Devising economics as if people matter

Last month we considered the biblical doctrine of work and began to look at the growing numbers of the unemployed. Yet the problem of unemployment is not one of statistics but of people. In the Third World there is the threat to physical survival; in the West there is the psychological trauma. Industrial psychologists have likened the loss of a job to bereavement and have described its three stages. The first is shock. To be declared “redundant” (an awful word) is to receive a serious blow to one’s self-esteem. “I felt immediately degraded,” said one man, and thought to himself: “I’ve become a statistic. I’m unemployed.” The second stage is depression and pessimism. By now savings are eroded, if not exhausted, and the prospects of finding a job are increasingly bleak. People lapse into inertia. Said one: “What do I do all day? I stagnate.” The third stage is fatalism. In the case of the long-term unemployed, both hope and struggle decline. The spirit becomes bitter and broken. Such people are demoralized and dehumanized.

Further, the worldwide problem of unemployment is going to get worse. I have read a statement attributed to Robert McNamara, President of the World Bank, that “by the year 2,000 A.D. there will be 6 billion people unemployed.” What causes this galloping problem? It is partly that when developing nations have become industrially developed, the steel and ships and commodities they produce will compete with those of the West—and in many cases displace them. It is also partly that microelectronics (silicon chips) will shortly complete the industrial revolution. The experts say that computers will take over the running of factories, the plowing of fields by driverless tractors, ...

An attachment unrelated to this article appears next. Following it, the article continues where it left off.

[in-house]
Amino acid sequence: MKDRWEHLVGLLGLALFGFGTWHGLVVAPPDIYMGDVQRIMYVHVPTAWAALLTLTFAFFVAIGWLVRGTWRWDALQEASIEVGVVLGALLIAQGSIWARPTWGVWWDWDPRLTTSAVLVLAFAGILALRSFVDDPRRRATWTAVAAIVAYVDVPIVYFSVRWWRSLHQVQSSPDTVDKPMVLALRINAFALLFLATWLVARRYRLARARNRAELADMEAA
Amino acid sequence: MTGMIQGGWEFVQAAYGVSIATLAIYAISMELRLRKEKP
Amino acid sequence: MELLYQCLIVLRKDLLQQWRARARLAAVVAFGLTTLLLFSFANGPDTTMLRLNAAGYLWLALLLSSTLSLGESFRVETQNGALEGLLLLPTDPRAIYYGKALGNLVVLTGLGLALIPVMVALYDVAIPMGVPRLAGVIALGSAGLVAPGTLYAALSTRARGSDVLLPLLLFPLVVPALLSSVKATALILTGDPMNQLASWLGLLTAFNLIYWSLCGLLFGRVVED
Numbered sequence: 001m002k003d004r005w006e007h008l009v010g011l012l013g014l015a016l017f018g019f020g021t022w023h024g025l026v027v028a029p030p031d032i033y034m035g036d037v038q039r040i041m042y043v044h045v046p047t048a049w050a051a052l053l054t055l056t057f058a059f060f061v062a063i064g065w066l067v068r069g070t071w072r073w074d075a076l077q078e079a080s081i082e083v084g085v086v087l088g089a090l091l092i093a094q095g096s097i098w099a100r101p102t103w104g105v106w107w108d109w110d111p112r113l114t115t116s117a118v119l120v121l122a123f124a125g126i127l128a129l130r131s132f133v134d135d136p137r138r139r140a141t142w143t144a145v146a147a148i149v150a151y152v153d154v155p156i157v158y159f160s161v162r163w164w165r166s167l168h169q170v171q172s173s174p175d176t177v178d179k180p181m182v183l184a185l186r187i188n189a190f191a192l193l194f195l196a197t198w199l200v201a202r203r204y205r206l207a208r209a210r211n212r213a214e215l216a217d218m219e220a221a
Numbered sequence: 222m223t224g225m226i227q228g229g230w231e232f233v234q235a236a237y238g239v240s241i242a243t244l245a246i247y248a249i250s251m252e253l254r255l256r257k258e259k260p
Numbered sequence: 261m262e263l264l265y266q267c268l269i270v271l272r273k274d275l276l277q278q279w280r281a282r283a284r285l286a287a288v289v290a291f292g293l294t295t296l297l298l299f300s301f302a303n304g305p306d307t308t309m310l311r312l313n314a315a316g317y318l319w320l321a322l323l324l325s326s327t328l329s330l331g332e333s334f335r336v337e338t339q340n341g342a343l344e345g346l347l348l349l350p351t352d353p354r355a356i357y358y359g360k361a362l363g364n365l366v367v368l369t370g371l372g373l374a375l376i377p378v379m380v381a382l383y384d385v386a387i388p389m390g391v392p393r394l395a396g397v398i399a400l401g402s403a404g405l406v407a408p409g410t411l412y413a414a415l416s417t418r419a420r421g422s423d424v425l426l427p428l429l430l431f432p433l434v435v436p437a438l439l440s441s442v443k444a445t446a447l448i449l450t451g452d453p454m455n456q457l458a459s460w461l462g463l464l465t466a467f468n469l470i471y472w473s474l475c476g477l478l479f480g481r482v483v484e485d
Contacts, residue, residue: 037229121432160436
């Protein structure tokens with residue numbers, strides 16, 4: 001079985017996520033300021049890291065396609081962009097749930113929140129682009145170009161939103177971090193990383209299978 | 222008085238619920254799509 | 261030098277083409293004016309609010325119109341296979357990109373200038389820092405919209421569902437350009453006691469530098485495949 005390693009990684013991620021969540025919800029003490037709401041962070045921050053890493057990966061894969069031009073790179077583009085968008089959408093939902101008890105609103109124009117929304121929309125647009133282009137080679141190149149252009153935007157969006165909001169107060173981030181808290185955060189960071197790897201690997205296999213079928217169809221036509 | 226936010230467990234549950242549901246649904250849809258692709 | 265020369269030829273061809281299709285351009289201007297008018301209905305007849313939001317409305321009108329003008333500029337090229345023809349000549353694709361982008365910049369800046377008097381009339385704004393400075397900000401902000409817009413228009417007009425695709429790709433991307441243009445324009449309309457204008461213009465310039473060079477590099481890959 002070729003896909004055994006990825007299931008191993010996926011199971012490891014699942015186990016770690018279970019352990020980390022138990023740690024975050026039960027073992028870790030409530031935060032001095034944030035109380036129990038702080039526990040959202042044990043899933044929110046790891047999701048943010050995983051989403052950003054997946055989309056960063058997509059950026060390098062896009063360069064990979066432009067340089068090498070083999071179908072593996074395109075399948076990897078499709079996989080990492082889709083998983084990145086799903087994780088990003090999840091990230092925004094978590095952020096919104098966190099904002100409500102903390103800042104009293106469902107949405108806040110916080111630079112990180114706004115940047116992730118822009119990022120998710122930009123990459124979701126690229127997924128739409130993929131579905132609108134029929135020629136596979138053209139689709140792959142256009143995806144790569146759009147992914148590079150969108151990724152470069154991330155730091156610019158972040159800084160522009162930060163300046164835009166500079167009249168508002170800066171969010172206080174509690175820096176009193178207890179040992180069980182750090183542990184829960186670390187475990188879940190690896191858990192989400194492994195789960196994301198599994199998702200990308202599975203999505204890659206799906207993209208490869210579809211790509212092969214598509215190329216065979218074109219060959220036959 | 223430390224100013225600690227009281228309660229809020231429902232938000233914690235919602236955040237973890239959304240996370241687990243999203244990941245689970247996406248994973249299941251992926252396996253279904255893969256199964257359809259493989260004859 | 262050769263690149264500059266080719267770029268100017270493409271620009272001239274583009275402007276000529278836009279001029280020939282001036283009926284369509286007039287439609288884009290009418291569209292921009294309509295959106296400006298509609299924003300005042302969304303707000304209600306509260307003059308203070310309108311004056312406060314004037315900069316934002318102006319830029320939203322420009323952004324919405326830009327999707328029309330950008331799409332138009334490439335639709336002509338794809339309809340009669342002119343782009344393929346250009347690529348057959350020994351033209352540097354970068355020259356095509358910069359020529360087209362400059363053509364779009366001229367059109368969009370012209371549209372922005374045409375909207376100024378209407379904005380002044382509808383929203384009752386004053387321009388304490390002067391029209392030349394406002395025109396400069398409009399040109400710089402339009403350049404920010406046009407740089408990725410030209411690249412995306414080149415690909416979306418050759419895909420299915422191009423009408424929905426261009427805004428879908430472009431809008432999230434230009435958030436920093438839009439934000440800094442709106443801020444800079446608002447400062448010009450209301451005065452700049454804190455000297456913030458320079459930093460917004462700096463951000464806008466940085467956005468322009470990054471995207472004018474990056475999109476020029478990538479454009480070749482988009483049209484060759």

John R. W. Stott (1921 – 2011) is known worldwide as a preacher, evangelist, author, and theologian. For 66 years he served All Souls Church, Langham Place, in London, England, where he pioneered effective urban evangelistic and pastoral ministry. During these years he authored more than 50 books, and served as one of the original Contributing Editors for Christianity Today. Stott had a global vision and built strong relationships with church leaders outside the West in the Majority World. A hallmark of Stott's ministry was his vision for expository biblical preaching that addresses the hearts and minds of contemporary men and women. In 1969 he founded a trust that eventually became Langham Partnership International (, a ministry that continues his vision of partnership with the Majority World Church. Stott was honored by Time magazine in 2005 as one of the "100 Most Influential People in the World."

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